Yeah, it’s bad and all the magical thinking in the world doesn’t make these disasters vanish. That doesn’t make me a Debbie Downer, just a clear-eyed realist with a big mouth. But here’s the good news: there are some areas where there’s real hope:
- Cooperative coalitions. Of states, whose governors have banded together to procure medical resources like ventilators and PPE (personal protective equipment); of private and public organizations working together to figure out test location and distribution, as well as a skeleton plan to manage vaccination allocation if and when there is one. Of private citizens who volunteering to bring food to their shut-in neighbors and register them to vote; of city and state governments working with private business and non-profits to allocate resources and supplies. School principals, mayors, NGO directors, hospital CEOs and countless others who never saw themselves as major policy makers have stepped into the void of consistent federal and state leadership to try and bring order to the chaos. Lucky (mostly large) communities may have these defacto leaders; unlucky ones don’t. Be a leader, even if you’ve never been one.
- Person-to-person compassion. There’s a striking disconnect of what’s actually happening with the virus’s domino path of destruction, and what is being done on a national basis (virtually nothing). It’s not numbers, and charts, and faceless businesses that are being hurt. It’s families who can’t be with their loved ones at death, weary medical personnel reusing face masks as bodies pile up in hospital hallways, single parents struggling with jobs they can’t do from home while trying to homeschool anxious children, adult children not being able to see elderly parents in their senior residences. Each of us doesn’t have to change the world, but we have our own tiny spheres of influence where we can exercise compassion, generosity, tolerance and kindness. Do it.
- Role models. There are those among us who have lived through lack of resources, political unrest and oppression, and social injustice — and they have coping tips if we’ll listen. Senior citizens who lived through WWII – especially those in Europe who survived concentration camps and enemy occupation – foreign dissidents who emigrated to the U.S. to avoid persecution, Freedom Marchers who fought for civil rights, women and people of color who have cracked a glass ceiling of systemic injustice so that others could go just a little higher.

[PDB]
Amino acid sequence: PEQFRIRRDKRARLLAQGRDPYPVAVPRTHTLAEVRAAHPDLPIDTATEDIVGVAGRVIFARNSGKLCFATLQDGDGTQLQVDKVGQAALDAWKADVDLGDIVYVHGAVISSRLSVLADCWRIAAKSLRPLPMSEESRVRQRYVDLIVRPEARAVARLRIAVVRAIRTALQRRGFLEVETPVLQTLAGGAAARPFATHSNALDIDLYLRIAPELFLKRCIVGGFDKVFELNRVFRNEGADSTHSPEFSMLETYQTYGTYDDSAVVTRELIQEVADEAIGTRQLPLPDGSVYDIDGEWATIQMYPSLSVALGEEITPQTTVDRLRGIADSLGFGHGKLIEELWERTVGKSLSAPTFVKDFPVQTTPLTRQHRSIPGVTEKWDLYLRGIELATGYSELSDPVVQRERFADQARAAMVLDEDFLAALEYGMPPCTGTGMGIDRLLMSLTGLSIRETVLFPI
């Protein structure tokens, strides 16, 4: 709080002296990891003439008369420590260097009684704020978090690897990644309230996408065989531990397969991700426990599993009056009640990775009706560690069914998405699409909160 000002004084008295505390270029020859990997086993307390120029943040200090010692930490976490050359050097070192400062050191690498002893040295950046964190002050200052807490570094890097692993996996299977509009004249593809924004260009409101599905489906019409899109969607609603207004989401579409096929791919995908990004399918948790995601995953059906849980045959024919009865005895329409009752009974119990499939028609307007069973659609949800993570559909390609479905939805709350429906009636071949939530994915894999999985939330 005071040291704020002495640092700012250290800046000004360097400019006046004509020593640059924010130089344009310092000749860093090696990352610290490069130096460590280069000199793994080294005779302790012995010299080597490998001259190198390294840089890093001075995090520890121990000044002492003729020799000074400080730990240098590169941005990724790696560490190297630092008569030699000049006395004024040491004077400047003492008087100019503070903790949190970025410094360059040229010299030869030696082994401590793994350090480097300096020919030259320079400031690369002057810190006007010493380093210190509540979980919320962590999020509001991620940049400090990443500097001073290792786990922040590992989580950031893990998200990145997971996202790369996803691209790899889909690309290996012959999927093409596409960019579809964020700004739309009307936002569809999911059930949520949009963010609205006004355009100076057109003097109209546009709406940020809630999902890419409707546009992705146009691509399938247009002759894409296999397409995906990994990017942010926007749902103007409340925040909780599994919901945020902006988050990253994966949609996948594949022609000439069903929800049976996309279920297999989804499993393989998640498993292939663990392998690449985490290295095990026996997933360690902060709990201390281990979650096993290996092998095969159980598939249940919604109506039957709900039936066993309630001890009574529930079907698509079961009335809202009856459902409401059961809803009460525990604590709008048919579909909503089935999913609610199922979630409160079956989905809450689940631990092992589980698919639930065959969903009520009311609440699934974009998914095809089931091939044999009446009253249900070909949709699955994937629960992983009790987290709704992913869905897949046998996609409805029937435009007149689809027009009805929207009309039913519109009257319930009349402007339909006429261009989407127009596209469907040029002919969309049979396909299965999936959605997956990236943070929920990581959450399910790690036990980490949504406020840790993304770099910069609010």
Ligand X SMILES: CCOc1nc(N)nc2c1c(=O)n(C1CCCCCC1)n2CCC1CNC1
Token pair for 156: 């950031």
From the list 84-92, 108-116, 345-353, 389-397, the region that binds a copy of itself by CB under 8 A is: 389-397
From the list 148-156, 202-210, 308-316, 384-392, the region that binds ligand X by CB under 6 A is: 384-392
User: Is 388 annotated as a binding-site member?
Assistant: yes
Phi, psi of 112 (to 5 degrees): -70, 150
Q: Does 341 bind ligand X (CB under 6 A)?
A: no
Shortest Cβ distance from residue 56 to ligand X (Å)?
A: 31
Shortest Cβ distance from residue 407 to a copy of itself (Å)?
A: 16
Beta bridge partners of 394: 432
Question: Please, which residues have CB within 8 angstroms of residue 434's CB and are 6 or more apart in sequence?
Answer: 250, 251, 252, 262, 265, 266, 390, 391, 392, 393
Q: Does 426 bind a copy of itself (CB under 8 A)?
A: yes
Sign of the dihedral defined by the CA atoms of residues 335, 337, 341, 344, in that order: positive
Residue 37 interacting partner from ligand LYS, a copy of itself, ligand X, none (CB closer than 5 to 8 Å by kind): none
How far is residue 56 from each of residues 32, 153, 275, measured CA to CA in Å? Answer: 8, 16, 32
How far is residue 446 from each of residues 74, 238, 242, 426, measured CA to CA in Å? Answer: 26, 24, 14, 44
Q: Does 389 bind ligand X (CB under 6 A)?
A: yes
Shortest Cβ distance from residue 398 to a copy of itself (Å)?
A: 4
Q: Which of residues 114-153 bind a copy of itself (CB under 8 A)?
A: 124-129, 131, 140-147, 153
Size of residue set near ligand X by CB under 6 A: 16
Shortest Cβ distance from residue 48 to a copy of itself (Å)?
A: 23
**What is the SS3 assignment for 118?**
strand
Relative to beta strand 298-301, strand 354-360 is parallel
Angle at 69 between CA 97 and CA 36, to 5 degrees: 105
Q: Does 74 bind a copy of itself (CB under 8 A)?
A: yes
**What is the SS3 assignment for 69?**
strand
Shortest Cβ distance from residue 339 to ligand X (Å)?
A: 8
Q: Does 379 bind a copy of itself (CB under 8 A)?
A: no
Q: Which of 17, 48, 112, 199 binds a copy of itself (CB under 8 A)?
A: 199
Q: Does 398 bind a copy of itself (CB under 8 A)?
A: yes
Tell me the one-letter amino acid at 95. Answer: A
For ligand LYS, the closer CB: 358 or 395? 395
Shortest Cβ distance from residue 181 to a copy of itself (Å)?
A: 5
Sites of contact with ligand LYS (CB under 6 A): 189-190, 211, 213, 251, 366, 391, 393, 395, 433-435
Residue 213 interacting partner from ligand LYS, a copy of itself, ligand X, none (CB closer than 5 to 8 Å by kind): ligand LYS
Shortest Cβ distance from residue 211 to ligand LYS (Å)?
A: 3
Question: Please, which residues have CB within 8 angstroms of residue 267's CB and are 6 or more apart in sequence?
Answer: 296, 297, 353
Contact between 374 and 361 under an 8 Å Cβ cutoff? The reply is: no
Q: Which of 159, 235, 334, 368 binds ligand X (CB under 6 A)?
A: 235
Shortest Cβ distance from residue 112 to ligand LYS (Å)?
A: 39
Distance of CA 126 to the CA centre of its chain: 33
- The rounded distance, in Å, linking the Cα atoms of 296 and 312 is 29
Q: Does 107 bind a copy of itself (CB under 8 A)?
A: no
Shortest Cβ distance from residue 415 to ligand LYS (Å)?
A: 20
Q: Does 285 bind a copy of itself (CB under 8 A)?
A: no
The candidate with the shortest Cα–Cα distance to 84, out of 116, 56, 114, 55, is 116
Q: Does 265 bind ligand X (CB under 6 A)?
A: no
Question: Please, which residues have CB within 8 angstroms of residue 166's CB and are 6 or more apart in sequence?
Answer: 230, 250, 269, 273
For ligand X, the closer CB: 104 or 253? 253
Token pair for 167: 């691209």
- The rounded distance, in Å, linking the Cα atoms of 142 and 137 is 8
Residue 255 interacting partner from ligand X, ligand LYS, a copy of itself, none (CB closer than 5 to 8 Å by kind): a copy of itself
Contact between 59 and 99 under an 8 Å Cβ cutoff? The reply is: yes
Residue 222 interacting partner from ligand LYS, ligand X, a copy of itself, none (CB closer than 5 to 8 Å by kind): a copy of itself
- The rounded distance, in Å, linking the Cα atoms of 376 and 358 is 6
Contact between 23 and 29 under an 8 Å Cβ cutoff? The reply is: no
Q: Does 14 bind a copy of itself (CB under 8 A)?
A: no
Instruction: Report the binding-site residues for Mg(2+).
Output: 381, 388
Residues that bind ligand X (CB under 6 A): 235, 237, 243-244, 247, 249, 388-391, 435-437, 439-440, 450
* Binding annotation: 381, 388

My neighbor Velma, who’s 92, listened to my plans to replace (perfectly good) Formica countertops with granite in the little house I bought in Waco this winter. “Now Susan, that’s a want and not a need,” she said, not at all judgmentally. It was, and I bought a much-more-needed washer and dryer with the money I didn’t spend on something totally unnecessary. Velma grew up motherless in the Midwest on a farm with an outhouse, and knows a few things about doing without. I ask her lots of questions, and listen to the answers. But there isn’t much time to dilly-dally here. Ask and listen now.
- Strength in banding together. It’s hard to think how and where we can make a difference as one person, it often feels so hopeless. But in banding together we can affect serious change. In March and April, 1,000 home sewers like me came together under the direction of one uber-organizer to make 20,000 fabric face masks for 100 Waco organizations and medical facilities. (See Rowing to Dunkirk One Stitch at a Time. Find your tribe, work together, make your mark.
It’s a form of self protection to put your head in the sand, make Covid weight-gain and drinking jokes, and fervently hope that things will magically return to normal. But don’t be a denier: it really can be as bad – or possibly worse – as it seems. I have to say that I did invent an alternate reality in which I was in a bar fight in Waco, got the tip of my middle finger switchbladed off, smacked the perpetrator on the head with my pool cue and rode off on my Harley to get stitches. There were those who believed it could have happened, given my past decade living in Mexico and pushing the envelope for a middle-aged Anglo woman who had a previous suburban life in Dallas, Texas.
But I only wanted to make a point: I didn’t want to get stitches in my finger, but in the end I chose reality over magical thinking. It was as bad as it seemed, so I bucked up, Mom, and did something about it.
— Susan Bean Aycock, embracingthechaos.org, August 19, 2020